Snow did not record another solo album, feeling that ‘I have done everything in the recording line that was possible’. He resisted over-commercializing country music during his long career and said of the modern scene that ‘80% of today’s would be country music is a joke and not fit to listen to - suggestive material and a lot of it you can’t even understand the words, just a lot of loud music’. Snow played in many countries all over the world, being a particular favourite in the UK. An ability to handle all types of material led to him being classed as one of the most versatile country artists in the music’s history. In memory of his own unhappy childhood, he set up a foundation in Nashville to help abused children. In his last years he rarely toured, but maintained his regular Grand Ole Opry appearances. He was still readily recognizable by his flamboyant stage costumes, which were his hallmark over the years.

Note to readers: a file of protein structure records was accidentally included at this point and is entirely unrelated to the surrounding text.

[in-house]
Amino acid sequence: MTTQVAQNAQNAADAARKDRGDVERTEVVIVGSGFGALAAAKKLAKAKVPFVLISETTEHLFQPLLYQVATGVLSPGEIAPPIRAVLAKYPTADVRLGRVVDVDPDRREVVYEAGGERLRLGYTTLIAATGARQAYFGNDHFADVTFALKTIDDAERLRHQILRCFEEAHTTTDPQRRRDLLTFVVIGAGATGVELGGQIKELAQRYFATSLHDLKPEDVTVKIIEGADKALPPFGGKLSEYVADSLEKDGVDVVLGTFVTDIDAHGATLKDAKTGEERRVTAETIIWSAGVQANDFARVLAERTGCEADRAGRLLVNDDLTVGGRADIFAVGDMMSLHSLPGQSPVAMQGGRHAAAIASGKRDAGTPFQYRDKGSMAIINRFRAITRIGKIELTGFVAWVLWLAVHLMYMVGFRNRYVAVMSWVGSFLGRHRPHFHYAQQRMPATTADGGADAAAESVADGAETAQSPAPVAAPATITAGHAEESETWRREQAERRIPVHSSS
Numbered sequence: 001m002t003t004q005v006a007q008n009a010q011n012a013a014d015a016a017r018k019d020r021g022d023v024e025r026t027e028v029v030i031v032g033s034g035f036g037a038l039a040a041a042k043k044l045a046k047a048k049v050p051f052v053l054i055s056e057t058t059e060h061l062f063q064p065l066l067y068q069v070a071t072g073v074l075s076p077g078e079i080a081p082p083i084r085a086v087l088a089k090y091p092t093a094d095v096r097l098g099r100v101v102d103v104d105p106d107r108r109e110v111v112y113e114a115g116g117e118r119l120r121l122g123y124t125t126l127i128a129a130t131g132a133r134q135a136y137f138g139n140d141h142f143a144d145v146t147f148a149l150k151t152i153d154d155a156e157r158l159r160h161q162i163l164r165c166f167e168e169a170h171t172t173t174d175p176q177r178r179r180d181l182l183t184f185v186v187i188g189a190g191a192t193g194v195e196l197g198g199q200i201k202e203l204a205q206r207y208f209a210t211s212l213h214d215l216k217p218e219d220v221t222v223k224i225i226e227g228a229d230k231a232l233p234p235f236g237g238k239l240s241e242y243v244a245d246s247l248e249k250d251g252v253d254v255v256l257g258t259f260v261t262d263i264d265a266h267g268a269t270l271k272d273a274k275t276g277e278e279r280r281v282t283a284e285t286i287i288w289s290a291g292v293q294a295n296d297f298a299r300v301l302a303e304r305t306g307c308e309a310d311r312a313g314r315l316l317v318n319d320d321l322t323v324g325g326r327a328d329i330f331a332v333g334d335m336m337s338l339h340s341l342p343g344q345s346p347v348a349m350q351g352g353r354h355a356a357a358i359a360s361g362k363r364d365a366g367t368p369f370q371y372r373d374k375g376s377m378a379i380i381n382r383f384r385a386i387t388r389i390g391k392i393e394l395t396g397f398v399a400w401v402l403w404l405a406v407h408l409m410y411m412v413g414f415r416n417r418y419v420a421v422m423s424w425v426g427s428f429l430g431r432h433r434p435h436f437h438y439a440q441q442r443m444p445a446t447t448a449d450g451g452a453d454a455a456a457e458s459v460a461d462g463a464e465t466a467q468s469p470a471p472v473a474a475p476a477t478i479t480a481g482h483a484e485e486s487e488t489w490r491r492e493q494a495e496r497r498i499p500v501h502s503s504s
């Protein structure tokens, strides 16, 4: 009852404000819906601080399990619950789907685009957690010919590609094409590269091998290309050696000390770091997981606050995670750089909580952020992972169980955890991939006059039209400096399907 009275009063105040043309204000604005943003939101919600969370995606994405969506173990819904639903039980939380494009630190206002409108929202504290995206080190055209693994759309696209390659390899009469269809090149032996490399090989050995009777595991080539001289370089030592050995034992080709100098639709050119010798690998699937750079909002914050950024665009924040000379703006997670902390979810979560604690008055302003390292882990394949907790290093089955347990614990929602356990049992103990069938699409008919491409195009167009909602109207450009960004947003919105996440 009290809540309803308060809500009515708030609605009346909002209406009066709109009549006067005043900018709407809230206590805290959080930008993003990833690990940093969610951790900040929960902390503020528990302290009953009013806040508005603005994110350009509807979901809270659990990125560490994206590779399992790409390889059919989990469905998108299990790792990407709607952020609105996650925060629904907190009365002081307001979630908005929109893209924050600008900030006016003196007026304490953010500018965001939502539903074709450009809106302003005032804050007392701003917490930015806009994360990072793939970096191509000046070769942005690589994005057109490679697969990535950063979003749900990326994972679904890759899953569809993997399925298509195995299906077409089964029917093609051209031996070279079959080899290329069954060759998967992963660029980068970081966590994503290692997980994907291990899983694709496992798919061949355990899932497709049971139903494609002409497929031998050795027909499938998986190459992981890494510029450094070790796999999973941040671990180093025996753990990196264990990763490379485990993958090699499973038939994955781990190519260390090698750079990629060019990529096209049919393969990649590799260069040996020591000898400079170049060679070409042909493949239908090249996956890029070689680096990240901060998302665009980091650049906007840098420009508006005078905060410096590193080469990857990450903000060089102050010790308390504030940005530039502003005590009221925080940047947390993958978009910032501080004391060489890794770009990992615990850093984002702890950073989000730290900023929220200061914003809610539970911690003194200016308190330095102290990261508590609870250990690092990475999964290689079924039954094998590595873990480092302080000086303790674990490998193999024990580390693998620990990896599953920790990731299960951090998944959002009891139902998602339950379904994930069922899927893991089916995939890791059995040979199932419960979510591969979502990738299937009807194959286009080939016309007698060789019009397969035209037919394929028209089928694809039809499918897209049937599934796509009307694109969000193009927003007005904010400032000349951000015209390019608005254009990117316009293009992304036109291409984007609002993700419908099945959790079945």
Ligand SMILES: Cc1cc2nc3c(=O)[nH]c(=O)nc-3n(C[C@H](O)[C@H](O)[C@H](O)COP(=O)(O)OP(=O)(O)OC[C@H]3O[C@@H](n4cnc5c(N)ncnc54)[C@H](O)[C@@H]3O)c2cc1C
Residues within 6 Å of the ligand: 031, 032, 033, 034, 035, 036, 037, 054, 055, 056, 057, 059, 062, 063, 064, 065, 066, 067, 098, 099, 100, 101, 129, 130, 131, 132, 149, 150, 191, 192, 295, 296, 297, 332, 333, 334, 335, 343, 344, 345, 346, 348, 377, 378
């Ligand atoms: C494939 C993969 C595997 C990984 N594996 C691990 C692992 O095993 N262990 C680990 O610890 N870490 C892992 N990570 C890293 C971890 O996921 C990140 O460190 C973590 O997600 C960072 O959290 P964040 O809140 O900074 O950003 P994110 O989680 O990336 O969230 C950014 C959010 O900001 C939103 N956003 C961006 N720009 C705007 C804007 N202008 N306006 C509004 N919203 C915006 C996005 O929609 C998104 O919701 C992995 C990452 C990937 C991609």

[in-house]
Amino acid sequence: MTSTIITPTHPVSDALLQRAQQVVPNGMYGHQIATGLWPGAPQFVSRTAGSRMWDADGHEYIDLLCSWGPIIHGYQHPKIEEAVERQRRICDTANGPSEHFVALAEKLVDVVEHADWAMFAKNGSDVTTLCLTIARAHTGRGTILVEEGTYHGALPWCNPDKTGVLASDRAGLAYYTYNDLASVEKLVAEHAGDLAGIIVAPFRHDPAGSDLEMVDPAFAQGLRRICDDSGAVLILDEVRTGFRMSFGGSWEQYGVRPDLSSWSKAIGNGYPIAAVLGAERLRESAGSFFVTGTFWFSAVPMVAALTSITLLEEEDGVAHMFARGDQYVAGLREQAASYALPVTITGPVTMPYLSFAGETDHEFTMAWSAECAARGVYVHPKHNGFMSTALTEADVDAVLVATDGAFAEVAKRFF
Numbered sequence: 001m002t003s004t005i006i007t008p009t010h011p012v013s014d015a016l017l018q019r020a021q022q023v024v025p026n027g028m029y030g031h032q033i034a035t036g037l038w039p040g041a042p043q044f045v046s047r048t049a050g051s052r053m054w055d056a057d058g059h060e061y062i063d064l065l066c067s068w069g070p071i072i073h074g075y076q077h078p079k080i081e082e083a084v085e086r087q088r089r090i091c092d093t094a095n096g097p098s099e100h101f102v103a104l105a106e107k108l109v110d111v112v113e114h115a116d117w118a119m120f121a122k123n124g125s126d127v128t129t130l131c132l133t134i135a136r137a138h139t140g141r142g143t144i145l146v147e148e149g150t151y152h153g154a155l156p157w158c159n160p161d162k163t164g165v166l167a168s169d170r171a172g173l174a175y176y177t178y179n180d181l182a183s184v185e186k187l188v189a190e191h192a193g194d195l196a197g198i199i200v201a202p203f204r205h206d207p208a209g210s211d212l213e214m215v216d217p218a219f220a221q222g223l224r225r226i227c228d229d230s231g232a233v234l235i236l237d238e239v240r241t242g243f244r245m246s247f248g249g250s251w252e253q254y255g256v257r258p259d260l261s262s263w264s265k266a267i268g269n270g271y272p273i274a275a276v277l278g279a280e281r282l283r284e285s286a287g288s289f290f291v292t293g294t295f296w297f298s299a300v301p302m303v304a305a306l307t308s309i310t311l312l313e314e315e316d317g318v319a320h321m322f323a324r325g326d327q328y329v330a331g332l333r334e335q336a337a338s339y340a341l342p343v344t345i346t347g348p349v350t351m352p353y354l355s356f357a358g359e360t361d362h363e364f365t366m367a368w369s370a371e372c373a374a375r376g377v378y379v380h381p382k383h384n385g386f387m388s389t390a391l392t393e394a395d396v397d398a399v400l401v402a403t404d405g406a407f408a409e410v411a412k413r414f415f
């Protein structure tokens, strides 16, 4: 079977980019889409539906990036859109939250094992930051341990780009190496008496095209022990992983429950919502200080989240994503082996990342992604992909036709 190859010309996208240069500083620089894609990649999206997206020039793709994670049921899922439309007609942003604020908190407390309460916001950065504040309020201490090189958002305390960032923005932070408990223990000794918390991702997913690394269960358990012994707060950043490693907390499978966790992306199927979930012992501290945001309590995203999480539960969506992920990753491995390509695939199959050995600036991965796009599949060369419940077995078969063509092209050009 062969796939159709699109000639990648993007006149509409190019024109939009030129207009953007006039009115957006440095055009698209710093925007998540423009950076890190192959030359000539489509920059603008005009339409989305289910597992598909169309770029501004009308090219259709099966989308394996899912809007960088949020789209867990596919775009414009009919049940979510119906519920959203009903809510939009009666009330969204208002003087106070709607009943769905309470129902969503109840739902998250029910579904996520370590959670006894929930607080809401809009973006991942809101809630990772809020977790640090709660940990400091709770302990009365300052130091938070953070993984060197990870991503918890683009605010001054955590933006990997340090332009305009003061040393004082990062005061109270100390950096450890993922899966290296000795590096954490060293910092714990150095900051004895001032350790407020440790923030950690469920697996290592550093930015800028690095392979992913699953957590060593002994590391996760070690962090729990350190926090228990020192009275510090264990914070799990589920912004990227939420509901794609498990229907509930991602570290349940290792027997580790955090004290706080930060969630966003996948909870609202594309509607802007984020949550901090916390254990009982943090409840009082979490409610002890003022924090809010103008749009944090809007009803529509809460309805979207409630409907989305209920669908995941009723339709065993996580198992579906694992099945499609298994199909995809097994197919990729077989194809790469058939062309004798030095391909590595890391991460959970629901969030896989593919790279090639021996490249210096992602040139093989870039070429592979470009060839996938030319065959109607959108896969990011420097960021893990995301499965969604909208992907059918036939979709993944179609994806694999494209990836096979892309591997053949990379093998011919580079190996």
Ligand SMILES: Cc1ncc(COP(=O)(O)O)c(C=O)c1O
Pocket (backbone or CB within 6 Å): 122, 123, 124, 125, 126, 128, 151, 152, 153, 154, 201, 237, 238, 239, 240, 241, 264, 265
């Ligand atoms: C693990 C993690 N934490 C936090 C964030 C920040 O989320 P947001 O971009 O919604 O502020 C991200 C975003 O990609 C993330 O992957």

With well over 800 recordings over the years and sales approaching 70 million, Snow was not only influential, but hugely successful in commercial terms. A gigantic figure in the history of country music.

Source: The Encyclopedia of Popular Music by Colin Larkin. Licensed from Muze.